Neil Simon On Playwriting II

July 11, 2012

Adapted From Paris Review, The Art of Theater No. 10

Interviewed by James Lipton

For years I’ve been trying to write the play of what happened to me and the seven writers who wrote Sid Caesar’s Your Show of Shows. But I’ve never got past page twenty-two because there are seven conflicts rather than one main conflict . . . . I didn’t have somebody to be serious, to anchor it. I always have to find the anchor. I have to find the Greek chorus in the play, the character who either literally talks to the audience or talks to the audience in a sense . . . . More recently, in the Brighton Beach trilogy, I’ve been literally talking to the audience, through the character of Eugene, because it is the only way I can express the writer’s viewpoint.

The writer has inner thoughts and they are not always articulated on the stage—and I want the audience to be able to get inside his head. It’s what I did in Jake’s Women. In the first try out in San Diego the audience didn’t know enough about Jake because all he did was react to the women in his life, who were badgering him, trying to get him to open up. We didn’t know who Jake was. So I introduced the device of him talking to the audience. Then he became the fullest, richest character in the play, because the audience knew things I never thought I would reveal about Jake—and possibly about myself.

Steven Spielberg, who had gone to see Brighton Beach, got word to me, suggesting the next play should be about my days in the army. I was already thinking about that and I started to write Biloxi Blues, which became a play about Eugene’s rites of passage. I discovered something very important in the writing of Biloxi Blues. Eugene, who keeps a diary, writes in it his belief that Epstein is homosexual. When the other boys in the barracks read the diary and assume it’s true, Eugene feels terrible guilt. He’s realized the responsibility of putting something down on paper, because people tend to believe everything they read.

I’ve always felt like a middleman, like the typist. Somebody somewhere else is saying, This is what they say now. This is what they say next. Very often it is the characters themselves, once they become clearly defined. When I was working on my first play, Come Blow Your Horn . . .  I wrote a complete, detailed outline from page one to the end of the play . . . . I didn’t get past page fifteen when the characters started to move away from the outline. I tried to pull them back in . . . . They said, No, no, no. This is where I want to go. So, I started following them. In the second play, Barefoot in the Park, I outlined the first two acts . . . .  I never got through that outline either. In The Odd Couple, I outlined the first act. After a while I got tired of doing even that. I said, I want to be as surprised as anyone else.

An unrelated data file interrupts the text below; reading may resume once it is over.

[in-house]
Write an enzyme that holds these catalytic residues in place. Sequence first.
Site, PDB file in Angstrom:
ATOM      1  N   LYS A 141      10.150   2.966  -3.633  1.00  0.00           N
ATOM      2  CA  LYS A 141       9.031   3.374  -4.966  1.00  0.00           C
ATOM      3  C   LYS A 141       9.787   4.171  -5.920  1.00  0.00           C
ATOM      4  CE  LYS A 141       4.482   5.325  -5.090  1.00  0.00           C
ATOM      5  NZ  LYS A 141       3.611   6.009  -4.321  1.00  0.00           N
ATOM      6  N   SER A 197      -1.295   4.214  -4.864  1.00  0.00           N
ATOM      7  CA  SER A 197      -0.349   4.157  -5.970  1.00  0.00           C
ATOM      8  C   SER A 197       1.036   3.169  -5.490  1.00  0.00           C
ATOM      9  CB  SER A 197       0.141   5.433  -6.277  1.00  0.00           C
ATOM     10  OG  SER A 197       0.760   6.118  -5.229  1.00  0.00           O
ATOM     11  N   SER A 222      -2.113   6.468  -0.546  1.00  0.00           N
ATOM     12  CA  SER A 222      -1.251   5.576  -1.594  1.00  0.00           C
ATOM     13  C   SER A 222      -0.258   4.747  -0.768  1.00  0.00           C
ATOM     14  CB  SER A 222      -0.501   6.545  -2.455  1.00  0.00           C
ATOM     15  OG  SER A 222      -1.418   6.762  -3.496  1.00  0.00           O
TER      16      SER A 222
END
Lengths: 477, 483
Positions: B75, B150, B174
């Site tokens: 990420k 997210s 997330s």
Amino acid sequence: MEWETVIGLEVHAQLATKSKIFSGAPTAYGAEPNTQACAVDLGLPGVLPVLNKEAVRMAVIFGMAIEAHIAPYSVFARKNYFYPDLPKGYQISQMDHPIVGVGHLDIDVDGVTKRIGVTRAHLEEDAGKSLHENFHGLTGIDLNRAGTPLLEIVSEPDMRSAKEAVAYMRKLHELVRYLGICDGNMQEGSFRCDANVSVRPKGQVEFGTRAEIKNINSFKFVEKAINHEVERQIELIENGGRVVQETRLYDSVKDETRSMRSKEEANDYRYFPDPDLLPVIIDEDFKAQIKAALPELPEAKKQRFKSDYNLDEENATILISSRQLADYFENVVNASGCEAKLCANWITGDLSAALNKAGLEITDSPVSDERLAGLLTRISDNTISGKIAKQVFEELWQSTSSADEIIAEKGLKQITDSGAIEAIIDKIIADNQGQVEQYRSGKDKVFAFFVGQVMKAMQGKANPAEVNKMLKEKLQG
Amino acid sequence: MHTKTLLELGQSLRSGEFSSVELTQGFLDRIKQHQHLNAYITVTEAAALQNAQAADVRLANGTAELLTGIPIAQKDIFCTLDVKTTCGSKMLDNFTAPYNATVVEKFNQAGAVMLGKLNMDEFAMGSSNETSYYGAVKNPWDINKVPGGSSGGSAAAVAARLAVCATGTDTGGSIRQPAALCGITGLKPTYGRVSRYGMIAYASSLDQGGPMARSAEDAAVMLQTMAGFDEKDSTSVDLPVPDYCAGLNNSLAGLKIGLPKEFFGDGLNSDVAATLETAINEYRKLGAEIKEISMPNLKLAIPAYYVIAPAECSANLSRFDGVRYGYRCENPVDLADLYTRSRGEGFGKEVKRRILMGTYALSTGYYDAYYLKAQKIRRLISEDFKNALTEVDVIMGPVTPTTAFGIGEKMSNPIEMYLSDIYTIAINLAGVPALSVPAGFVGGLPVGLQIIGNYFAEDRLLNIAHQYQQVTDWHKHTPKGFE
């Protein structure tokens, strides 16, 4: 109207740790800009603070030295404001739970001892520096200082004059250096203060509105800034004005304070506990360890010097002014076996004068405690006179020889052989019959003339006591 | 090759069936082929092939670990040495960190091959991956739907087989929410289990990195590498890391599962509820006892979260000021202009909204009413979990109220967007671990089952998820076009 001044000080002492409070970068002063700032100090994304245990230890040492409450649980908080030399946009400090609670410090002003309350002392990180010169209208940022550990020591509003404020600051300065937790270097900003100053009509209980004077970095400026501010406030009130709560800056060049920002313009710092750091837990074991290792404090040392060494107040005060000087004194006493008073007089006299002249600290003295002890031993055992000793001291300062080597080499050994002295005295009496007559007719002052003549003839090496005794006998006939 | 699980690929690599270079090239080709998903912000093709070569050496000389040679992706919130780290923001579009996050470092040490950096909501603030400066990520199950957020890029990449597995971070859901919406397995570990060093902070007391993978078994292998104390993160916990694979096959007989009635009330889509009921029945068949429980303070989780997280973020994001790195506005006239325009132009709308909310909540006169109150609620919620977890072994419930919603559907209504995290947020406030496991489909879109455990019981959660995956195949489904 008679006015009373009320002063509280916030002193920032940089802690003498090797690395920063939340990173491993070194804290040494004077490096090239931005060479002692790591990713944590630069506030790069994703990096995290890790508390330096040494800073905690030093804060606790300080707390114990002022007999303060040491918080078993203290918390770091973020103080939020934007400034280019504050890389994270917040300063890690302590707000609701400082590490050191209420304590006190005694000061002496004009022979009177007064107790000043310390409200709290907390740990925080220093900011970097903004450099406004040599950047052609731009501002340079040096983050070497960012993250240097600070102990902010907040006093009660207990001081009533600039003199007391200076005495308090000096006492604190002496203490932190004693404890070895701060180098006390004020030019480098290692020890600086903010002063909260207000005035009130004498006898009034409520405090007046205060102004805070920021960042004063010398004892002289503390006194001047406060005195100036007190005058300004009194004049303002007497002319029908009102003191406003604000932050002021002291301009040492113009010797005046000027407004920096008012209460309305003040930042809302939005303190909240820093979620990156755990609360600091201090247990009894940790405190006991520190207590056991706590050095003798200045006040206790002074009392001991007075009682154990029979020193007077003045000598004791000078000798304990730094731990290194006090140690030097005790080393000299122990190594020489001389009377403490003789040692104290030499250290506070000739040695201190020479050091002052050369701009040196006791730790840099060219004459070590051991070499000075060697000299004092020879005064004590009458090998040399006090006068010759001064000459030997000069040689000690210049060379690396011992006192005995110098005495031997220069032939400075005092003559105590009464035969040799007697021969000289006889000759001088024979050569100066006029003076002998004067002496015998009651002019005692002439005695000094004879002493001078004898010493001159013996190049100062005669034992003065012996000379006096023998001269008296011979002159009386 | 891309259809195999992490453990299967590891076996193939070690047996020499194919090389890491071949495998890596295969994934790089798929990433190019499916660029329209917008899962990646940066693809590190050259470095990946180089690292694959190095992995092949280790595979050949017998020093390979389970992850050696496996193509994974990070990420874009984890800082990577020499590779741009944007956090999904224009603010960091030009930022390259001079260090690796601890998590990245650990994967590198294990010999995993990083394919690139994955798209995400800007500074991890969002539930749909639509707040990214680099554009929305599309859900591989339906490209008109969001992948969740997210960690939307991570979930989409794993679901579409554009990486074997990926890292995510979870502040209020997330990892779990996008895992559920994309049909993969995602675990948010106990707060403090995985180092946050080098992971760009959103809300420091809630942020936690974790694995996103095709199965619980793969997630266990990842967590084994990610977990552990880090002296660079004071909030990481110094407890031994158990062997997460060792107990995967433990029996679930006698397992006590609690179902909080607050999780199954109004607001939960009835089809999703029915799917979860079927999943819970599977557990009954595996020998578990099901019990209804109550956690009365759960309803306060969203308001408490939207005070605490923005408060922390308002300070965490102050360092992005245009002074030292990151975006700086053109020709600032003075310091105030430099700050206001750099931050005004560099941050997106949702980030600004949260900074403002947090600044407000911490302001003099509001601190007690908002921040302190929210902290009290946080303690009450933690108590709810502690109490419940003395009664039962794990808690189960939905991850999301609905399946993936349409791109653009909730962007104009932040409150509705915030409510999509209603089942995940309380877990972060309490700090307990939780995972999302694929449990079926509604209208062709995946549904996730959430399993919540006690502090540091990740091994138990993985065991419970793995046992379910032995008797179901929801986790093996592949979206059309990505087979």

If you’d like to read what people such as Arthur Miller, Sam Shepard, Joyce Carol Oates and other famous — and not so famous — playwrights have to say about the art and craft of writing for the stage, type “On Playwriting” into the small sidebar window and tap the “Search” button.

Part III of the Neil Simon series will post next Wednesday.


Today’s Gag

January 24, 2011
Copyright © 2011 Jim Sizemore.

Download

 


Smooching the Mooch

October 13, 2010

By Jake Jakubuwski


Frankie was a gigolo. Mamie was the lady who supported Frankie. Frankie was twenty years younger than Mamie and Mamie was my mother’s aunt. Being just a kid, I didn’t know that Frankie was a gigolo. In fact, at the time, I didn’t know what a gigolo was. I only knew that he and Aunt Mamie were “together” and that Frankie spent a lot of time “stepping-and-fetching” for Mamie.

Frankie also had a lot of time (and Mamie’s money) to spend at the corner bar, and to buy supplies so he could do his “work”—fancy brushes, expensive oil paint, rolls of canvas to cut to size and attach to wooden rectangles. According to her, Frankie was an “artiste,” and she was going to make him famous. All Frankie needed was encouragement and the right break—and zero worry about where his art materials, meals and booze came from. What I don’t recall in those early years were pictures that Frankie actually painted—never mind the number of  dusty stretched canvas’ in their bedroom smeared with random colors. As far as I was concerned, there was nothing noteworthy about any of them—but what does a 13-year old boy know about art, right?